The Teddington Gardener

The Mottisfont Pictorial Rose Catalogue continues with another update…

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Spong's'

Spong’s’

Spong

One of the most famous sports of Rosa x centifolia, originating in 1805, probably in England. It will reach 4ft (1.2m), bears typically rounded leaves of its parent and neat flowers about twice the size of De Meaux (also a sport of Rosa x centifolia), with the same good fragrance. Its failing is that the petals are apt to stay on the bush after fading. Prune after flowering. It is a charmer for a small garden

Veilchenblau

Veilchenblau

Veilchenblau

The north facing walls of the gardens have been given over to some very hardy ramblers (the south-facing walls playing host to the more tender Teas and Noisette climbers). The so-called ‘blue rambler’, Veilchenblau (violet-blue) never disappoints, being sweetly scented. Veilchenblau was raised in Germany in 1901, the result of a crossing between Crimson Rambler and Erinnerung an Brod, a Hybrid Perpetual rose. It is unique among several purplish rambler, since, after opening from crimson-purple buds, the flowers gradually fade to lilac-grey, each one having a small white stripe or two. If you have time, remove all the old flowering wood immediately the blooms have faded; if not as soon as you can, and tie up the young new shoots.

Leda

Leda

Leda

Here is a unique rose, which originated in England prior to 1832. It is of Damask derivation and has very dark green leaves which make a wonderful backcloth to the pale flowers. But who would think the glistening white flowers could emerge from those tight, dark, red-brown buds? Some flowers are almost entirely white, others carry the tint of the bud on the edge of the petals, earning it the name of Painted Damask. it makes a good, sturdy bush of some 4′ (1.2m) and required the usual thinning out of all once-flowering roses

Le Vesuve

Le Vesuve

Le Vesuve

One of the most satisfactory of the China roses is Le Vesuve, which will make a good bush to 4 or 5ft (1.2-1.5m) high and wide. It has rather angular growth – though bushy – and large red prickles. The foliage is neat, dark and coppery when young. It would be difficult to imagine flowers of greater charm in their loose shape, warm-coloured in the bud and opening to a soft flesh pink and delicately veined. Mutabilis and this rose require the same treatment and will climb high on a wall. Le Vesuve is hardier. It was raised in 1825.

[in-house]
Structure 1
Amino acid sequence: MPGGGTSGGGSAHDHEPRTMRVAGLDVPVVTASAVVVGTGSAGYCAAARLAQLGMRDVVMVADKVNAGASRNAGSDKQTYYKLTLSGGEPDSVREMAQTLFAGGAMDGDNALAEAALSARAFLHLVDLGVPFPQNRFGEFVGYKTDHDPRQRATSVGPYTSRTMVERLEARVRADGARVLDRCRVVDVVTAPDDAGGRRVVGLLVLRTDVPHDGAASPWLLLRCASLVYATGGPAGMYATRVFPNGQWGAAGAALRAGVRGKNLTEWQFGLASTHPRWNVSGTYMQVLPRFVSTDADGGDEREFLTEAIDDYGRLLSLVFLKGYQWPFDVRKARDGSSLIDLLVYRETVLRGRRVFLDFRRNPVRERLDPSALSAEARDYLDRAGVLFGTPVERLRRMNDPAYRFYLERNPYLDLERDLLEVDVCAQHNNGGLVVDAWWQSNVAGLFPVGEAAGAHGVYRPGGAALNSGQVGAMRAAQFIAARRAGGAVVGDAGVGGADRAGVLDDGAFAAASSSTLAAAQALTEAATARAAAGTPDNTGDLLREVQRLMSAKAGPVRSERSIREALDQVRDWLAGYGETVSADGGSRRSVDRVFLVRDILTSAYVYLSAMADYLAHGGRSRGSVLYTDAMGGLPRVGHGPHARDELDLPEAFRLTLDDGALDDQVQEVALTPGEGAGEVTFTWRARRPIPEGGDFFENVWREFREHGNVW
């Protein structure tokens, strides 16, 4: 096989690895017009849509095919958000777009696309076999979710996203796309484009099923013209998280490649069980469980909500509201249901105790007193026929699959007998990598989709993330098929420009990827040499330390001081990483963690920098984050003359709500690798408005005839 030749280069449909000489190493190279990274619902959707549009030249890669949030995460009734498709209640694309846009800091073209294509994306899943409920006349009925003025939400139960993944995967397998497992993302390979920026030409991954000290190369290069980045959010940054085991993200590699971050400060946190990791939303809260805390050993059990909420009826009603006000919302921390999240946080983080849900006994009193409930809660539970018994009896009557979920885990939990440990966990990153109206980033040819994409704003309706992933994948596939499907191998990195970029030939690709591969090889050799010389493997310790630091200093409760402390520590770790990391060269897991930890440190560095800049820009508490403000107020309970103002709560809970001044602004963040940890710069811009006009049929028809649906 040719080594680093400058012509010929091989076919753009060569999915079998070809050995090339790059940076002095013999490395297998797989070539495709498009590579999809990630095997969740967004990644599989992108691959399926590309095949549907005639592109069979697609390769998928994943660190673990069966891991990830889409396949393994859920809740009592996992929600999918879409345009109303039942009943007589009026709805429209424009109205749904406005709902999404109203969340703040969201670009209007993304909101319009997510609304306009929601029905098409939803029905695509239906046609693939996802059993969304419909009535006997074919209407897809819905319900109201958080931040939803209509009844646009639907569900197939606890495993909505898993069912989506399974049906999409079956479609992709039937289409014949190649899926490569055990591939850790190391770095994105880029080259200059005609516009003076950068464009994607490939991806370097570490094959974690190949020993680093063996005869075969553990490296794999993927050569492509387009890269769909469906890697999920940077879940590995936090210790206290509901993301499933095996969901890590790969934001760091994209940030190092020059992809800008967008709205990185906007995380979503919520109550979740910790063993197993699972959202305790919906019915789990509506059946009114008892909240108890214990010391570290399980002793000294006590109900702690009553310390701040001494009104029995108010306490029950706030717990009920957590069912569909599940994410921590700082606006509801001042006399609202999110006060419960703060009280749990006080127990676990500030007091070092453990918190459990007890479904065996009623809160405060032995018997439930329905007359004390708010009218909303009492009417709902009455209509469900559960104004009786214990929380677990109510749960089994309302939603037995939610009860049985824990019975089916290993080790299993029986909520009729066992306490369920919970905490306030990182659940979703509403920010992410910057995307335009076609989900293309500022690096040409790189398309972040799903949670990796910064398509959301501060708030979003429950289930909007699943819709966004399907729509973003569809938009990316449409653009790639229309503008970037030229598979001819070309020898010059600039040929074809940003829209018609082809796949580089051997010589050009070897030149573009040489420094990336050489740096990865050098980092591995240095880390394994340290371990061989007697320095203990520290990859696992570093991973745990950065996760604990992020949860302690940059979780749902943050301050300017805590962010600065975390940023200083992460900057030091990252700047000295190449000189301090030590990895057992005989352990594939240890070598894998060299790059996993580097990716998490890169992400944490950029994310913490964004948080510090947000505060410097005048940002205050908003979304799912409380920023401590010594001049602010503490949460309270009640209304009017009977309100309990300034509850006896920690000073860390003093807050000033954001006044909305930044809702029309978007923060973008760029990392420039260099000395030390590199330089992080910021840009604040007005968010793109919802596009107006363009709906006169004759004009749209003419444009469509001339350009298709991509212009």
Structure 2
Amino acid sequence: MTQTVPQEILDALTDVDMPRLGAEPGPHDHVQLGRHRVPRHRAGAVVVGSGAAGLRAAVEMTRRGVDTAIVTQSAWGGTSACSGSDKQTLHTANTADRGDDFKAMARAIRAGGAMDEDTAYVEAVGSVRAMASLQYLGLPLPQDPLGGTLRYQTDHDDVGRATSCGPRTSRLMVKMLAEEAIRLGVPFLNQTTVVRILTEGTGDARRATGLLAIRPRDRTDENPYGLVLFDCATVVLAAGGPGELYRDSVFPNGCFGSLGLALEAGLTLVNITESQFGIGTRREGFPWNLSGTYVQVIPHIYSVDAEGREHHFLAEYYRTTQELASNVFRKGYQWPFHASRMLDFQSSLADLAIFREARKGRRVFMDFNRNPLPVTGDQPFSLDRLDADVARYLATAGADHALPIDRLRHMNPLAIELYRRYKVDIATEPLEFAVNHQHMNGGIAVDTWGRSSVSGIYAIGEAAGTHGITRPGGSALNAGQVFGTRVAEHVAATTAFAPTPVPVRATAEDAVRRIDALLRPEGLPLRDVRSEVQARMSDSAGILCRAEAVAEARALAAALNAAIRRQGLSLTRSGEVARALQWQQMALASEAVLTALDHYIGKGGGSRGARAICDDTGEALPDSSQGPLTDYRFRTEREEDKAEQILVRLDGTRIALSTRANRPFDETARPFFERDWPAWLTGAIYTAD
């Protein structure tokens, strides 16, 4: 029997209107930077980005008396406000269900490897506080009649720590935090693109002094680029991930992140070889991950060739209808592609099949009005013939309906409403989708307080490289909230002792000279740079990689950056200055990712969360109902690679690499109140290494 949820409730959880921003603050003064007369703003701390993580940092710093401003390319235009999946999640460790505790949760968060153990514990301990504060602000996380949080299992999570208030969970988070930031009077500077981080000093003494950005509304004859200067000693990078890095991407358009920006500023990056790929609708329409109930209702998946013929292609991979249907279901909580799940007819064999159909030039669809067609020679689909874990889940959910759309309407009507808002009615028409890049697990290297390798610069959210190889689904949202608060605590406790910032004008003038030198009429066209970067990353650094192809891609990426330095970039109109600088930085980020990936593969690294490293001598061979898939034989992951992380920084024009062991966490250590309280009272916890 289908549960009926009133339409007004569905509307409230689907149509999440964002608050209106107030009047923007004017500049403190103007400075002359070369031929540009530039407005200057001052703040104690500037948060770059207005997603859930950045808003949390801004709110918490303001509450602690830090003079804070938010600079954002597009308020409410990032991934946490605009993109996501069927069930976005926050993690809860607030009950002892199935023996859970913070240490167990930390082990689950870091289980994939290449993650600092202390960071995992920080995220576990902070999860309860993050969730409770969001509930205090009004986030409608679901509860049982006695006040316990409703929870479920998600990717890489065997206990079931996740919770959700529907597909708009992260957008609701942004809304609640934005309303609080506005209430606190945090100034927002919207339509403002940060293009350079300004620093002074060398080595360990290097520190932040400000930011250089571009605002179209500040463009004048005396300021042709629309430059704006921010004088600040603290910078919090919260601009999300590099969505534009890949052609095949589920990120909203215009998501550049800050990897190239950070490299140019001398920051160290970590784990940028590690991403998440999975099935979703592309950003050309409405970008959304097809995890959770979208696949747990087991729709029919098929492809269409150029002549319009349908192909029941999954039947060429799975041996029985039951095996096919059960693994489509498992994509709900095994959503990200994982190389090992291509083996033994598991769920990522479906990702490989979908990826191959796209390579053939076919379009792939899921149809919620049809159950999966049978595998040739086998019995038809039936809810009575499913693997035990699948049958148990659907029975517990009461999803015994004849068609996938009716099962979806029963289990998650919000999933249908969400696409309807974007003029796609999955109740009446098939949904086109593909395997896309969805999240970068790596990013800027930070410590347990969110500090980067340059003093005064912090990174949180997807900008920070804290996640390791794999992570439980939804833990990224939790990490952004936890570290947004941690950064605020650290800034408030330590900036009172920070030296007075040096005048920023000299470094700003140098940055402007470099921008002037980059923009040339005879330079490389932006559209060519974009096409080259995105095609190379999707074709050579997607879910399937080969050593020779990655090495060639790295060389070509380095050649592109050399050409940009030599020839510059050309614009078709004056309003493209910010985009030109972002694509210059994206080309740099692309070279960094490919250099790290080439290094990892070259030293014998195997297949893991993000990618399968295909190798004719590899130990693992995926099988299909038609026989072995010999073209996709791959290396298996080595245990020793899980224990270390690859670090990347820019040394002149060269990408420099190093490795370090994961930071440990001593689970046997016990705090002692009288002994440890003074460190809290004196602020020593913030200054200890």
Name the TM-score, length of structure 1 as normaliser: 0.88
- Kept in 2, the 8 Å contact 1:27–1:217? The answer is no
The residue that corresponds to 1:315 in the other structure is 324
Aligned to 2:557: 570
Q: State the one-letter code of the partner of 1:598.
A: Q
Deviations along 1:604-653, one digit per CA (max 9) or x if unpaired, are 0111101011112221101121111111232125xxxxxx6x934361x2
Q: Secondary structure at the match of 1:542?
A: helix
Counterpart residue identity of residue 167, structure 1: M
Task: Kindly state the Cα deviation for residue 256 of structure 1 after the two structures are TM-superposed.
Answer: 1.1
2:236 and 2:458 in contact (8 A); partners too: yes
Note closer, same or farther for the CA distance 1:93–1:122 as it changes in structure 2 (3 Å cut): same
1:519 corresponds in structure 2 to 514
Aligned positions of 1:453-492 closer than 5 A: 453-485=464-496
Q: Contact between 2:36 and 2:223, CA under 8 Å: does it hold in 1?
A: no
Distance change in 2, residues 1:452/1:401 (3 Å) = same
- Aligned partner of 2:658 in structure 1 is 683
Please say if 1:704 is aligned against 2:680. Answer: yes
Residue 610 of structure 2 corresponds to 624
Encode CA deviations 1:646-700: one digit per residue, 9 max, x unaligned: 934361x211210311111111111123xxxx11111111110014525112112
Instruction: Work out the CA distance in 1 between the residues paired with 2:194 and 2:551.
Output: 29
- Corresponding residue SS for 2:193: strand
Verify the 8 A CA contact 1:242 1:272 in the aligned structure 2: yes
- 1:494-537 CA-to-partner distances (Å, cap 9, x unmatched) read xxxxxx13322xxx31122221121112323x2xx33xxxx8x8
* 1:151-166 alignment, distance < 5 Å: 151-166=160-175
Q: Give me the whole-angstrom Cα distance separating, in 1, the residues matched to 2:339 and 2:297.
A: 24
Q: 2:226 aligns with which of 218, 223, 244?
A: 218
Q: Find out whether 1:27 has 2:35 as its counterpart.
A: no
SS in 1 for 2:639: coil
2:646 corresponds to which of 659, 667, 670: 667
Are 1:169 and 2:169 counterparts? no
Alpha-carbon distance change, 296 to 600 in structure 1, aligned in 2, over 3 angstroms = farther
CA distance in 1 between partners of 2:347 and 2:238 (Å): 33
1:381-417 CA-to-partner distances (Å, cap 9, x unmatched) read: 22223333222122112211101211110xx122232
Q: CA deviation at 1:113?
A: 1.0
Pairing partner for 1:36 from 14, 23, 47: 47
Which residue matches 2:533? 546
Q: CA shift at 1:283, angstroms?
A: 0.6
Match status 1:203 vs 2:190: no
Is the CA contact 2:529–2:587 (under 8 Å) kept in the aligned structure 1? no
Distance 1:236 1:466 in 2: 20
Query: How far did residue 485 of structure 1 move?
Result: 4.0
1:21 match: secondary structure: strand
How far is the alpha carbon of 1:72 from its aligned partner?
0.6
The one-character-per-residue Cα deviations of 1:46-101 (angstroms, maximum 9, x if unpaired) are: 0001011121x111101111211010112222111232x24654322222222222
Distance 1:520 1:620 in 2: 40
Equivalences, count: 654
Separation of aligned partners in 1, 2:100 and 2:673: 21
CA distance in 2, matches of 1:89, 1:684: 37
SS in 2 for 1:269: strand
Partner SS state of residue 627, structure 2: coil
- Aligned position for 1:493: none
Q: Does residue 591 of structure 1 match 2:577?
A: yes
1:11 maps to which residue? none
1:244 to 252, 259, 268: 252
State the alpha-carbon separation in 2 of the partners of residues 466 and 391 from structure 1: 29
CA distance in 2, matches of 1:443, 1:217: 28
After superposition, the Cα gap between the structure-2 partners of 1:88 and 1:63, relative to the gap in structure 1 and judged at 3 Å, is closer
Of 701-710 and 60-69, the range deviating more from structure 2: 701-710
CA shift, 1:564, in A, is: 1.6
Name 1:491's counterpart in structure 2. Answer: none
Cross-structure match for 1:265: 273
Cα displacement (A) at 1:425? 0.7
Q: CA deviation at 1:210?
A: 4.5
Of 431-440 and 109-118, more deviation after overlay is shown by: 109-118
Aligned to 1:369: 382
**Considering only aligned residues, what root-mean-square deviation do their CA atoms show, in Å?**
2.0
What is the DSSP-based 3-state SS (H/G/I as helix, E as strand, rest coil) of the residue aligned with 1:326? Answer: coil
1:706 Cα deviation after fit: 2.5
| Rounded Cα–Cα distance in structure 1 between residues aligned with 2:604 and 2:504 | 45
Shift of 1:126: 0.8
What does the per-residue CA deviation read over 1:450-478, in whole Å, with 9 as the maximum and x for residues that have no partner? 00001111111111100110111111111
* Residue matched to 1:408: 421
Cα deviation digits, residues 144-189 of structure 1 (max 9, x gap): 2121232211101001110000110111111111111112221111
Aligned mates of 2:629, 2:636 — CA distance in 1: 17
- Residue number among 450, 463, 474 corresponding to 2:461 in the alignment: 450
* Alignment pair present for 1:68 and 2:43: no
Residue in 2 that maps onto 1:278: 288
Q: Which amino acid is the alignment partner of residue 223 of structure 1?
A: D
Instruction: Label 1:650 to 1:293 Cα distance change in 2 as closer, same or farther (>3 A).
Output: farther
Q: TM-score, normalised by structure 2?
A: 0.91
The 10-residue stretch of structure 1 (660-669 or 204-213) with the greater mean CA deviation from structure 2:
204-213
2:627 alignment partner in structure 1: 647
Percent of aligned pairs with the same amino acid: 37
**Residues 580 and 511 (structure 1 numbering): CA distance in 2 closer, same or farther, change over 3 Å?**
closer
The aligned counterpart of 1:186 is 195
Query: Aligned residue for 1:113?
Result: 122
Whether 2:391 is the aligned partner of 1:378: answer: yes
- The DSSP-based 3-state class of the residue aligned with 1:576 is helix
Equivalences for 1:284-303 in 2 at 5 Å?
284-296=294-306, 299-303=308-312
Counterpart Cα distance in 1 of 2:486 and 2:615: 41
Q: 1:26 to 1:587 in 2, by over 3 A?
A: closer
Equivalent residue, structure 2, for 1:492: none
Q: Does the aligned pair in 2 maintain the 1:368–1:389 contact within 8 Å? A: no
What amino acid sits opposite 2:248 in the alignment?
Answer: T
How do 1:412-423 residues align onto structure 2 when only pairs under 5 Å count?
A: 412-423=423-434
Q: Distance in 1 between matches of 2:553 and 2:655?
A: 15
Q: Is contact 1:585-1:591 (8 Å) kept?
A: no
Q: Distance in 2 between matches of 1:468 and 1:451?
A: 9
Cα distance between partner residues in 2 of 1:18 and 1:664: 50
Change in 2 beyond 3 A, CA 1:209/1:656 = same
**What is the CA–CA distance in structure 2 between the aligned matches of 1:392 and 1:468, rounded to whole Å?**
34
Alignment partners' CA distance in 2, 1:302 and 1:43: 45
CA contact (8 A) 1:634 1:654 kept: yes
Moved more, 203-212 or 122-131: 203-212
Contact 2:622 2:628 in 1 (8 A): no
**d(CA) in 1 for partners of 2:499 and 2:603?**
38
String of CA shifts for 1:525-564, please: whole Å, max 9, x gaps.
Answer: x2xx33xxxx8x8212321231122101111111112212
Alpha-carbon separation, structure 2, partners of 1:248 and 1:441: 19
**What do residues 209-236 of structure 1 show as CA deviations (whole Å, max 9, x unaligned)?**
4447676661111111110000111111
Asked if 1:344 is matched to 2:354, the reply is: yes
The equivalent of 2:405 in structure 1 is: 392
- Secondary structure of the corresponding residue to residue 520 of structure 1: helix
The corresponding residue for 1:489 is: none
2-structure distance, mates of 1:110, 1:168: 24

Jacques Cartier

Jacques Cartier

Jacques Cartier

This rose, sometimes called Maquise Bocella, is one of the most reliable of the repeat-flowering Portland roses, hybrids of the Autumn Damask. The present rose was raised in 1868 and is of particularly sturdy upright growth, very prickly with small thorns, and with long-pointed, fresh green leaves. The extraordinarily tightly compacted, deep-centred buds are almost crimson, opening flat and densely filled with short petals, quartered and often with button eye, of a good bright pink. They are as full of scent as of petals. This and Comte de Chambord are two essentials for a garden of roses. To encourage new growths during the season, every one of which will bear flowers, prune fairly hard in winter.

Gloire des Mousseux

Gloire des Mousseux

Gloire des Mousseux

The sturdy form of an old Moss Rose, Gloire des Mousseux dates from 1852. The Moss rose is a superlative example of the quality and perfection that these old roses can attain. In Gloire des Mousseux, we have superior vigorous growth, light green leaves and mossy buds, opening into large, full blooms, expanding well and reflexing, of clear bright pink, fading to paler tones. They are long-lasting and rich in fragrance. The plant will  achieve 5ft (1.5m) in height and nearly as much in width and flowers profusely at midsummer.

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